Leon Trotsky (Federal Archives, Image 183-R15068 / CC-BY-SA 3.0)



The Red Army goes by the superior leadership of Leon Trotsky victorious in the conflict, although their troops are outnumbered.

After the October Revolution, Trotsky was appointed People's Commissar for Foreign Affairs and also directed the negotiations that led to the peace of Brest-Litovsk.




The now almost unlimited freedom of the art scene irritates those in power more and more. They want to use art for their own purposes. Given what the avant-garde was creating, “Lenin was a philistine when it came to taste in art,” says Prof. Elisabeth Cheauré.

1921/22: Great famine

The famine is the effect of World War I and the civil war. 5 million people are killed.


Joseph Stalin

March 1922: Stalin's election as general secretary

As Secretary General is Joseph Stalin Head of the party organization and continues to expand the office in importance and the power that goes with it over the years. Stalin was General Secretary until his death in 1953, from 1941 he was Chairman of the Council of People's Commissars and from 1946 Chairman of the Council of Ministers of the USSR. In addition, Stalin was Supreme Commander of the Red Army between 1941 and 1945.


December 1922: Founding of the Soviet Union

The Soviet Union is an amalgamation of formally independent, national Soviet republics, but is governed centrally. A republic's withdrawal from the Union is anchored in the constitution, but can only take place with the consent of the government in Moscow.

December 16, 1922: Lenin withdraws

Lenin is seriously ill and a triumvirate made up of Joseph Stalin, Grigory Zinoviev and Lev Kamenev heads the Central Committee, the highest party organ of the Bolsheviks.

January 21, 1924: Lenin dies

Before his death, Lenin had demarcated himself from Stalin and said that he could not be tolerated in his function as general secretary because he was too rude. However, the party does not follow Lenin's recommendation to replace Stalin.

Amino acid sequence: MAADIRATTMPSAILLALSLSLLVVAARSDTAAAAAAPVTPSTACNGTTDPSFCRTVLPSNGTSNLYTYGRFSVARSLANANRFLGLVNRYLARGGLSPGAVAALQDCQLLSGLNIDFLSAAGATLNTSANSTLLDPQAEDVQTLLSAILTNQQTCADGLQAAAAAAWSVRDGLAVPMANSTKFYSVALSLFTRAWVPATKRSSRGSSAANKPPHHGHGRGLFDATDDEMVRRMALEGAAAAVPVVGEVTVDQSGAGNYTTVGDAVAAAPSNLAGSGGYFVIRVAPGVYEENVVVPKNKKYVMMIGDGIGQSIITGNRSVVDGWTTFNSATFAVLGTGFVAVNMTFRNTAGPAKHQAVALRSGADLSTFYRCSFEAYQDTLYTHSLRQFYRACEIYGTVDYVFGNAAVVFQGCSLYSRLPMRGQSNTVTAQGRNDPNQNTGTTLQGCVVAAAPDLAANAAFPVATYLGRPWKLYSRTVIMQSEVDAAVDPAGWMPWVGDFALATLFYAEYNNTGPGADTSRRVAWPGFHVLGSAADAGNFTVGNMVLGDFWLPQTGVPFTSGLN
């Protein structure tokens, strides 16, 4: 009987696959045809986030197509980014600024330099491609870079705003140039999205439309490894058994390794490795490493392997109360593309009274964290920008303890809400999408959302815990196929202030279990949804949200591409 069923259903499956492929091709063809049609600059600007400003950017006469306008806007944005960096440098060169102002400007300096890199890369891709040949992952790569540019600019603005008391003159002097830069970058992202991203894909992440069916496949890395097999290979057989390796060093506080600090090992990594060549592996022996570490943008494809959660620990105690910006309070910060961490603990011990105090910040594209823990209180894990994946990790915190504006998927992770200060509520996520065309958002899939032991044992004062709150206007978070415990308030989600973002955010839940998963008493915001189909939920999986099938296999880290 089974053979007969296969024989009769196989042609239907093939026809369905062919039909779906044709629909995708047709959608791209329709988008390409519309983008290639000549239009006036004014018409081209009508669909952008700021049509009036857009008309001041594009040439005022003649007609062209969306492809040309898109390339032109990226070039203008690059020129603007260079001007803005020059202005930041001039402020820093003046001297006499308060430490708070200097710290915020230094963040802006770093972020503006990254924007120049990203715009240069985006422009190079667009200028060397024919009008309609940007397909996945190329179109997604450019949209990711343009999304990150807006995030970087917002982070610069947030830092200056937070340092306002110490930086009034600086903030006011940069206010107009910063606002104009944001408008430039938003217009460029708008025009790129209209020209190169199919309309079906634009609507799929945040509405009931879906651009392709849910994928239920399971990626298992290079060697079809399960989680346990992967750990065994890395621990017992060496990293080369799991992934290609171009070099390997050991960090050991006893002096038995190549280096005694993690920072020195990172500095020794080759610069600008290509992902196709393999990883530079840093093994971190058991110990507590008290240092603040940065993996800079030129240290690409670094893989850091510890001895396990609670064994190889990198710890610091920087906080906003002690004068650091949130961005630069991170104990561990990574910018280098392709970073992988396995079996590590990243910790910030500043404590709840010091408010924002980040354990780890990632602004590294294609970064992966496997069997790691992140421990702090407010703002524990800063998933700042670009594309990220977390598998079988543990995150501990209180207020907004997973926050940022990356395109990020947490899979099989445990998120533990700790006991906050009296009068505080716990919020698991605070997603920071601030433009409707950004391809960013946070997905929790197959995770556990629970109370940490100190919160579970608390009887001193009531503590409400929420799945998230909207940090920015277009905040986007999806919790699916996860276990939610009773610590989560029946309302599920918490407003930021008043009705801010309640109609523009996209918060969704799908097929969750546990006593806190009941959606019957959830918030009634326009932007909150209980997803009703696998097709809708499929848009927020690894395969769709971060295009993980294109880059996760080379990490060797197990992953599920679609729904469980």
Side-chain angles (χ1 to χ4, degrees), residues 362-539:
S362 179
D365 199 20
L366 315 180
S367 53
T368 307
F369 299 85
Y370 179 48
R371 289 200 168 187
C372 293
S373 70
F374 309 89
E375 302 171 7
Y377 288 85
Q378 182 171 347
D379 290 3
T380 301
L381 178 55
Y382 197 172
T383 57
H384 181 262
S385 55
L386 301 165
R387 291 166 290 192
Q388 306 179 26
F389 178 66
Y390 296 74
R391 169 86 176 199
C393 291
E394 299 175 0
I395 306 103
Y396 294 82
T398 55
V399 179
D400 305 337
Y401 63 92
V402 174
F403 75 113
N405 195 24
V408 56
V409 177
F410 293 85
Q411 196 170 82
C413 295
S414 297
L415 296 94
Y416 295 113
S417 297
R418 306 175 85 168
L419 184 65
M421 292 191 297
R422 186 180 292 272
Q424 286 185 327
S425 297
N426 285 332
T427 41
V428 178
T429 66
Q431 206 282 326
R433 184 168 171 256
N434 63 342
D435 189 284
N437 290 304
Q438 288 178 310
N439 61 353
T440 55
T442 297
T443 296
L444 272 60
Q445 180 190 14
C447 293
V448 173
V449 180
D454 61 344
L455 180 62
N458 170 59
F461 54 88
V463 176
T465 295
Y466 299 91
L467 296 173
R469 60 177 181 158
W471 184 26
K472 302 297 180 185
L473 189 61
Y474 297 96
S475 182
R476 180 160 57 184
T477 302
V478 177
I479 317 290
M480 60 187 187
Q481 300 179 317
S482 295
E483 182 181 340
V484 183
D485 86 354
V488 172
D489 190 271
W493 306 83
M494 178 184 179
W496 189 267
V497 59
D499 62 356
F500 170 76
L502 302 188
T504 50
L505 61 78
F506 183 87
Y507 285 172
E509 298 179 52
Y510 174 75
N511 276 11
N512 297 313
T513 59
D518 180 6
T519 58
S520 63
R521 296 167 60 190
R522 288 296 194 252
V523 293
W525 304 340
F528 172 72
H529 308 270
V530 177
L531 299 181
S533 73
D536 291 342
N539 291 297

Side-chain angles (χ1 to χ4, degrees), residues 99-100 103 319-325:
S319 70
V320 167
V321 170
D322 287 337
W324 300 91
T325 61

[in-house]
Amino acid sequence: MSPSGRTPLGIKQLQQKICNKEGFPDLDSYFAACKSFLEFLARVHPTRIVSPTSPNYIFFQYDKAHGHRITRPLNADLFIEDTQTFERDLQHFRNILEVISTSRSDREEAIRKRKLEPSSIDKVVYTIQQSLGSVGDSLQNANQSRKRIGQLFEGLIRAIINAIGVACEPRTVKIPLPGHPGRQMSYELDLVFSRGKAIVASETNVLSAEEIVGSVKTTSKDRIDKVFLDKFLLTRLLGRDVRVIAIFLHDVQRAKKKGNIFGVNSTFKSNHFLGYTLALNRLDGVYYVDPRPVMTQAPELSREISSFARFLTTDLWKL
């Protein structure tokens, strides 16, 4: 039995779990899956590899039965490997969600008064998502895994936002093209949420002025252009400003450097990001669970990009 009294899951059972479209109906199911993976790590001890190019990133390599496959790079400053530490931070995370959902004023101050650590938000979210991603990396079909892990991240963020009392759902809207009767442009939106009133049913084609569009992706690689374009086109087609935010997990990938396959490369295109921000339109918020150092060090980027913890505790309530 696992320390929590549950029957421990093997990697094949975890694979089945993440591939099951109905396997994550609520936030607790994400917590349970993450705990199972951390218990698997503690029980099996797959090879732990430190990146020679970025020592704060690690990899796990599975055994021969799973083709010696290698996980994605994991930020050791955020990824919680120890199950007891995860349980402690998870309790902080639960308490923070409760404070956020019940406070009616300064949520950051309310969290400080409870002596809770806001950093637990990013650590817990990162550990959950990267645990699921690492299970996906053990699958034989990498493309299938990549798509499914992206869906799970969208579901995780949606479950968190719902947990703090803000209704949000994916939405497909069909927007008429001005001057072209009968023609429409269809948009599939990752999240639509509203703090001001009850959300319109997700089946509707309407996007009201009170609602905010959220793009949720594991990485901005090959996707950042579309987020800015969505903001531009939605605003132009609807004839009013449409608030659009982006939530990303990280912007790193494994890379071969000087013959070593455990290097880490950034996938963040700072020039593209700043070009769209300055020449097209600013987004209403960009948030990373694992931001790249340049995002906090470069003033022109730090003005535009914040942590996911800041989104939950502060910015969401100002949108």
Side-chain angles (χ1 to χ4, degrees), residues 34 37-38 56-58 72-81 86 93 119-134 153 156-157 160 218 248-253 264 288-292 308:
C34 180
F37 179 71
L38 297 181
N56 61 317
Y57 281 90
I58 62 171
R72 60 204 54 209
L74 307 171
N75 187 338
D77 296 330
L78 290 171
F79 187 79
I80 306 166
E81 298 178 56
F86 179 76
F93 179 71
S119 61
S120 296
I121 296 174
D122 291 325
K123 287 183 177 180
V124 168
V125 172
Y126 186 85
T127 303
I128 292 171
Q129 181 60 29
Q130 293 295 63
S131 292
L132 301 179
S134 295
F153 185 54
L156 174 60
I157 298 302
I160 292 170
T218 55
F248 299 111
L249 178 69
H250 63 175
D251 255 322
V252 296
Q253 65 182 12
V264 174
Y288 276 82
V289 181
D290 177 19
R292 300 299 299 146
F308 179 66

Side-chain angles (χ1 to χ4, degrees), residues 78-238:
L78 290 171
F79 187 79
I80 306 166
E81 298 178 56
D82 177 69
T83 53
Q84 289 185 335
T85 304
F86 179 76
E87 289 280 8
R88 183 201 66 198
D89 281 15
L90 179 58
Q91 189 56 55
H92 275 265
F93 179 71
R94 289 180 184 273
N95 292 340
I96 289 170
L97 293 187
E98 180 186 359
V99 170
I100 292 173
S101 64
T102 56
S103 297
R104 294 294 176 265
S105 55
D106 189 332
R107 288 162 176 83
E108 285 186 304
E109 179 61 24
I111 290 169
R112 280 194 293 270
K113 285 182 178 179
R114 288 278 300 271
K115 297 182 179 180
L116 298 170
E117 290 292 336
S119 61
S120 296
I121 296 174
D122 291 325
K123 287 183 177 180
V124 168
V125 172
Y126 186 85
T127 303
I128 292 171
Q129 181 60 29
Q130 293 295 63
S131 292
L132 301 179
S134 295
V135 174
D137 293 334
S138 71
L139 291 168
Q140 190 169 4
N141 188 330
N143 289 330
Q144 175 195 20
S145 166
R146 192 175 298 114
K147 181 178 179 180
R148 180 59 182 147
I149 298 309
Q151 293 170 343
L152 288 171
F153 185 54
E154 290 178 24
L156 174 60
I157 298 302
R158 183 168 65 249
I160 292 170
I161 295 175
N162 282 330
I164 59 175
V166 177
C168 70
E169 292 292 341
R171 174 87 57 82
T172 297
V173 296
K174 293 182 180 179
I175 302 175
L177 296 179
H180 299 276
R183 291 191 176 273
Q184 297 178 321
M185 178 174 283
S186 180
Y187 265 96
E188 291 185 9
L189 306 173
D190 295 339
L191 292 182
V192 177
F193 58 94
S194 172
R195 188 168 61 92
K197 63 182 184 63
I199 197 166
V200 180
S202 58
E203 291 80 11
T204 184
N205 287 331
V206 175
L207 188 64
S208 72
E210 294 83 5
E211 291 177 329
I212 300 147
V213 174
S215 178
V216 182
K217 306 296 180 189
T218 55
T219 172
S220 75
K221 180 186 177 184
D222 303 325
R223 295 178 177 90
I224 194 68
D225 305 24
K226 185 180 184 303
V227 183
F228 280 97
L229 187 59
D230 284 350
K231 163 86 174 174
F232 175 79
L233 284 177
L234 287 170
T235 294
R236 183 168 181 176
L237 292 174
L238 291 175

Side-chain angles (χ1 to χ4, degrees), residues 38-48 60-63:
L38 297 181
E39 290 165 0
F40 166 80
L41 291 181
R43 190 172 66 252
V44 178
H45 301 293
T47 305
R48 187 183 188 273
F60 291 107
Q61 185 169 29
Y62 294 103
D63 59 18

Meanwhile, art and culture are increasingly regulated. Culture has become a matter of politics. A formal decision is now being made about them, explains Prof. Cheauré.

1927: Stalin becomes sole ruler

Kamenev and Zinoviev, who until then ruled together with Stalin, are expelled from the party, as is Trotsky, and Stalin becomes sole ruler.

The cultural business is now organized by the state, initially indirectly through organizations that the artists have to join if they want to continue to be active. This is the penultimate step of the state takeover.

1934: Socialist realism as the guiding principle of art

“Socialist Realism” was adopted as a guideline for literature, visual arts and music as early as 1932 and was established as a binding artistic method at the first so-called “All Union Congress of Soviet Writers” in 1934. The focus is predominantly on the everyday life of workers and farmers in an optimistic tinge.

Long years of violence, terror and dictatorship followed. The effects of the repression run through the history of the country for 57 years until the dissolution of the Soviet Union in 1991. The avant-garde currents, however, which had formed during the revolutionary years, radiated into the western world. Kandinsky, Malewitsch, Eisenstein and many others influenced art, culture and architecture in the following decades. We can therefore still find traces of the revolution and its art today.

Image: The Bolshevik, 1920, oil painting by Boris Kustodijew Videos: Ilyas Buss Published on November 17, 2017